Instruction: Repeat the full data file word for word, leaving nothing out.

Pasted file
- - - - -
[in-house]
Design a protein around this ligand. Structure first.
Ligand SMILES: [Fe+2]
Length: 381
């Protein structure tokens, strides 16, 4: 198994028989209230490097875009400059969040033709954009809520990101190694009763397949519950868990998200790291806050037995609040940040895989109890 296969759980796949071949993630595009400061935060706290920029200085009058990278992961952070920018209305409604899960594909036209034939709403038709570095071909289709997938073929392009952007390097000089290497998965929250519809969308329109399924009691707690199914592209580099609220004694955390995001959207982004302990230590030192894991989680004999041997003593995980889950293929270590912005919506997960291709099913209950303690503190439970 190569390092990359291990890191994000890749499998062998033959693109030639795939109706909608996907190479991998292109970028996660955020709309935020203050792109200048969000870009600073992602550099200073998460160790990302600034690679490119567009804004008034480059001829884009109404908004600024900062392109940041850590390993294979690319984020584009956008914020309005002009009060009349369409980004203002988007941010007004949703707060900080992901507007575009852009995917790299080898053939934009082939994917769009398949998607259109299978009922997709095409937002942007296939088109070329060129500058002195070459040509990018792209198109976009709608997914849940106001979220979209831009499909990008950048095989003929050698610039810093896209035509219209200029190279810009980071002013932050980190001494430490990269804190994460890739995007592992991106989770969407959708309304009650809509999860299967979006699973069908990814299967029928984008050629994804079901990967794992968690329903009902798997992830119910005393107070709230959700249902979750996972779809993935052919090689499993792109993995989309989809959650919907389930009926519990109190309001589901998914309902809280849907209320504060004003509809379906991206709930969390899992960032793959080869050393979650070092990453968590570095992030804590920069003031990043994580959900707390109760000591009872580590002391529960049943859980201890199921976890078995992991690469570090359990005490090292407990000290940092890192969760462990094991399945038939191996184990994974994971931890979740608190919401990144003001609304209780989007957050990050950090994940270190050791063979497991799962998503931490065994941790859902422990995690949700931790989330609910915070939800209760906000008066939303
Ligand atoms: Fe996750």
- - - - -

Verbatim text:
[in-house]
Design a protein around this ligand. Structure first.
Ligand SMILES: [Fe+2]
Length: 381
């Protein structure tokens, strides 16, 4: 198994028989209230490097875009400059969040033709954009809520990101190694009763397949519950868990998200790291806050037995609040940040895989109890 296969759980796949071949993630595009400061935060706290920029200085009058990278992961952070920018209305409604899960594909036209034939709403038709570095071909289709997938073929392009952007390097000089290497998965929250519809969308329109399924009691707690199914592209580099609220004694955390995001959207982004302990230590030192894991989680004999041997003593995980889950293929270590912005919506997960291709099913209950303690503190439970 190569390092990359291990890191994000890749499998062998033959693109030639795939109706909608996907190479991998292109970028996660955020709309935020203050792109200048969000870009600073992602550099200073998460160790990302600034690679490119567009804004008034480059001829884009109404908004600024900062392109940041850590390993294979690319984020584009956008914020309005002009009060009349369409980004203002988007941010007004949703707060900080992901507007575009852009995917790299080898053939934009082939994917769009398949998607259109299978009922997709095409937002942007296939088109070329060129500058002195070459040509990018792209198109976009709608997914849940106001979220979209831009499909990008950048095989003929050698610039810093896209035509219209200029190279810009980071002013932050980190001494430490990269804190994460890739995007592992991106989770969407959708309304009650809509999860299967979006699973069908990814299967029928984008050629994804079901990967794992968690329903009902798997992830119910005393107070709230959700249902979750996972779809993935052919090689499993792109993995989309989809959650919907389930009926519990109190309001589901998914309902809280849907209320504060004003509809379906991206709930969390899992960032793959080869050393979650070092990453968590570095992030804590920069003031990043994580959900707390109760000591009872580590002391529960049943859980201890199921976890078995992991690469570090359990005490090292407990000290940092890192969760462990094991399945038939191996184990994974994971931890979740608190919401990144003001609304209780989007957050990050950090994940270190050791063979497991799962998503931490065994941790859902422990995690949700931790989330609910915070939800209760906000008066939303
Ligand atoms: Fe996750």